For some children, the increased pressure around exam time may lead to symptoms of stress.
Stress can be defined as ‘the adverse reaction people have to excessive pressure or other types of demands placed on them’. It varies from person to person, and in many ways a stress response is a normal physical response to events that make you feel threatened or that upset your balance in some way. However, we do know that prolonged stress can lead to illness, both mental and physical.
What causes exam stress?
Exam stress is a natural reaction to pressure caused by a number of factors including:
- Inability to accept failure or uncertainty
- Pessimism or negative self-talk
- Unrealistic expectations (either of the student or the parents)
- Life transitions
- Family issues and/or relationship difficulties
- Financial problems
- Performance anxiety
What can you expect to see if your child has exam stress?
Some people feel pressure and develop stress symptoms more than others. When someone is faced with increased pressure (in this case at exam time) their body can go into a ‘fight or flight’ response which releases increased amounts of Adrenalin into the body. This can lead to various symptoms including:
- Feeling cranky and irritable (increased yelling or crying, swearing, hitting)
- Indecisiveness and/or confusion
- Problems with going to sleep or getting up in the morning
- Strongly beating heart, sweating
- Mild chest pains, back pains, nausea, trembling, shortness of breath
- Minor stomach upsets
- Possible skin breakouts
- Teeth grinding, nail biting and fidgeting
- Constipation or diarrhea
- Going blank in the exam
Focus on these 3 areas to beat exam stress easily …
1. Effective study and learning habits
- Help your child find a quiet place to study without distractions. Make sure their table is uncluttered so they can focus better.
- Encourage your child to find out exactly what the test involves – are there past test papers they can look at to help them understand what to expect? Try WorksheetCloud – you’ll find online and printable worksheets and practice exams.
- Encourage your child to ask for help or ask their teacher for clarity if they are unsure of something or if they feel confused.
- Help them to make ‘mind maps’ to collect ideas and summarize thoughts – use bright colours to help remember important links.
- Help them to plan their study schedule early on so they have sufficient time to study. It can be helpful to develop a clear, realistic plan of what they want to cover in each study session. Can they break it down into small chunks?
- Remind your child to take a short rest and move around in between each part of their study.
2. Healthy sleeping and eating habits
- Encourage your child to stick to a routine of going to bed at a reasonable time. They need to avoid late night TV shows or movies.
- Motivate them to eat regularly and make time to have fun and exercise.
- Help them to cut back on coffee or any other stimulants which they may be using, as these can increase agitation. Encourage them to drink lots of water instead.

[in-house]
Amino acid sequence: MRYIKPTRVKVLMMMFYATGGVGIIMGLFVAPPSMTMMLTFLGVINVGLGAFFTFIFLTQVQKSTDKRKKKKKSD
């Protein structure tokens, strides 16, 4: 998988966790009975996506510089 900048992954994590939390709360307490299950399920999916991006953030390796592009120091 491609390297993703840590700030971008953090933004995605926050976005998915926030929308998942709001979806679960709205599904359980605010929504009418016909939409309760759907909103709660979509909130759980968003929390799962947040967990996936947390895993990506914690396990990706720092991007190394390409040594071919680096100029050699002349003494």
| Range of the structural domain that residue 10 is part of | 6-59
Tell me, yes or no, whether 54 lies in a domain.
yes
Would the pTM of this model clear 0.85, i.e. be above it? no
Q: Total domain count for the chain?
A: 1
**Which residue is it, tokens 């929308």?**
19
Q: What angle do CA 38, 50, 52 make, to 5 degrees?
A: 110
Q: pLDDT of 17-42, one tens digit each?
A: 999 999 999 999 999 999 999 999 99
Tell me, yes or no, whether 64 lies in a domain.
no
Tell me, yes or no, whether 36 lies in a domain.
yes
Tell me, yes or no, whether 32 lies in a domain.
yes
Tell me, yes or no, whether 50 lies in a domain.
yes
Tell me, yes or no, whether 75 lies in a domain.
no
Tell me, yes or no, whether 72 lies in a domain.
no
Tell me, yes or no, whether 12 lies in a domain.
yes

- Remind them to take time out when they eat, rather than carrying on with study.
- Encourage them to eat fresh fruit, veggies, cereals, grains, nuts and protein – they are all good for the brain and blood sugar levels.
- Encourage them to eat when they get hungry. This keeps blood sugar and hydration levels steady.
- Avoid junk food if possible. It will bring a sudden sugar high which will fall away quickly, leaving a person feeling tired.
3. Relaxation techniques
- Always encourage your child to relax before they go to bed after concentrating for long periods of time. Activities such as reading a short story may help them unwind and sleep better.
- Encourage them to go out for a walk, run or do some other exercise they enjoy.
- Avoid rushing on the day of the exam by organising and packing everything they need to take with them the night before
- Help your child to develop a positive mindset by encouraging them to visualise success – this can really help with self-confidence.
I also recommend signing your child up for a WorksheetCloud membership. WorksheetCloud is a great way to help your child prepare for exams and make them feel more relaxed and ready to tackle each exam question.
How do you help your child beat exam stress? Post your comments below.
My son is repeating Grade11. He wad diagnosed of ADHD 2years ago. He has not been taking tablets for rest of the year. He had a psychologist , however he retired. He has not seen anyone else since. He is studying at Bosmansdam High
school in Cape Town. He will study for a test or exam, then when he has to write them he panics a lot as a results he fails. He says His worst fear is failing English but he is not doing well on others too. The irony of the whole thing he loves reading novels, even last Christmas he asked me and his aunt to buy novels for Christmas present.
Hi Mongikazi! Thanks for your comment! I hear your concern. We struggle to get our children to love reading, so the fact that he loves reading is definitely a positive. I would suggest that you find him another psychologist or take him to the clinic, so that he can be re-assessed (if he hasn’t been assessed in the last 3 years). This will indicate the need for medication. Also, find out what he is struggling with at school and if he needs an accommodation (the school can apply for this) Check through this website, it will give you an idea https://wendymaitincasalis.co.za/2018/09/11/does-your-child-qualify-for-accommodations-and-concessions/. I hope this helps.